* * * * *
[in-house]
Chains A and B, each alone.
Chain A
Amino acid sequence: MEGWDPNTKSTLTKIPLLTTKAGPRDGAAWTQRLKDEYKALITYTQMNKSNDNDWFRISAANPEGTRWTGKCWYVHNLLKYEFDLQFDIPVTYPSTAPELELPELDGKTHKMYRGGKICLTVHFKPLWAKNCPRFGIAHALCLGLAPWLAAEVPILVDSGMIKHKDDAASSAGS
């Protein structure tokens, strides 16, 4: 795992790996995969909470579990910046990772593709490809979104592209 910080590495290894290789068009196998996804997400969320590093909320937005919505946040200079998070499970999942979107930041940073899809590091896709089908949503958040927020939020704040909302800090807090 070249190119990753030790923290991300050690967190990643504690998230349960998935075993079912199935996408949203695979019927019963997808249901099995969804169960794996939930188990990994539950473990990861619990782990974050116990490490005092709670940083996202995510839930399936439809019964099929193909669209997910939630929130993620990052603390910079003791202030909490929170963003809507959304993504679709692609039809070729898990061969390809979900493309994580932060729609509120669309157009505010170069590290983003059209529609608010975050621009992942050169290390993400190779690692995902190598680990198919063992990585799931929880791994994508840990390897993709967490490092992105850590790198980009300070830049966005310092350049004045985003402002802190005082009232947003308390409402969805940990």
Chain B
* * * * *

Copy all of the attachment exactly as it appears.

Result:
[in-house]
Chains A and B, each alone.
Chain A
Amino acid sequence: MEGWDPNTKSTLTKIPLLTTKAGPRDGAAWTQRLKDEYKALITYTQMNKSNDNDWFRISAANPEGTRWTGKCWYVHNLLKYEFDLQFDIPVTYPSTAPELELPELDGKTHKMYRGGKICLTVHFKPLWAKNCPRFGIAHALCLGLAPWLAAEVPILVDSGMIKHKDDAASSAGS
């Protein structure tokens, strides 16, 4: 795992790996995969909470579990910046990772593709490809979104592209 910080590495290894290789068009196998996804997400969320590093909320937005919505946040200079998070499970999942979107930041940073899809590091896709089908949503958040927020939020704040909302800090807090 070249190119990753030790923290991300050690967190990643504690998230349960998935075993079912199935996408949203695979019927019963997808249901099995969804169960794996939930188990990994539950473990990861619990782990974050116990490490005092709670940083996202995510839930399936439809019964099929193909669209997910939630929130993620990052603390910079003791202030909490929170963003809507959304993504679709692609039809070729898990061969390809979900493309994580932060729609509120669309157009505010170069590290983003059209529609608010975050621009992942050169290390993400190779690692995902190598680990198919063992990585799931929880791994994508840990390897993709967490490092992105850590790198980009300070830049966005310092350049004045985003402002802190005082009232947003308390409402969805940990």
Chain B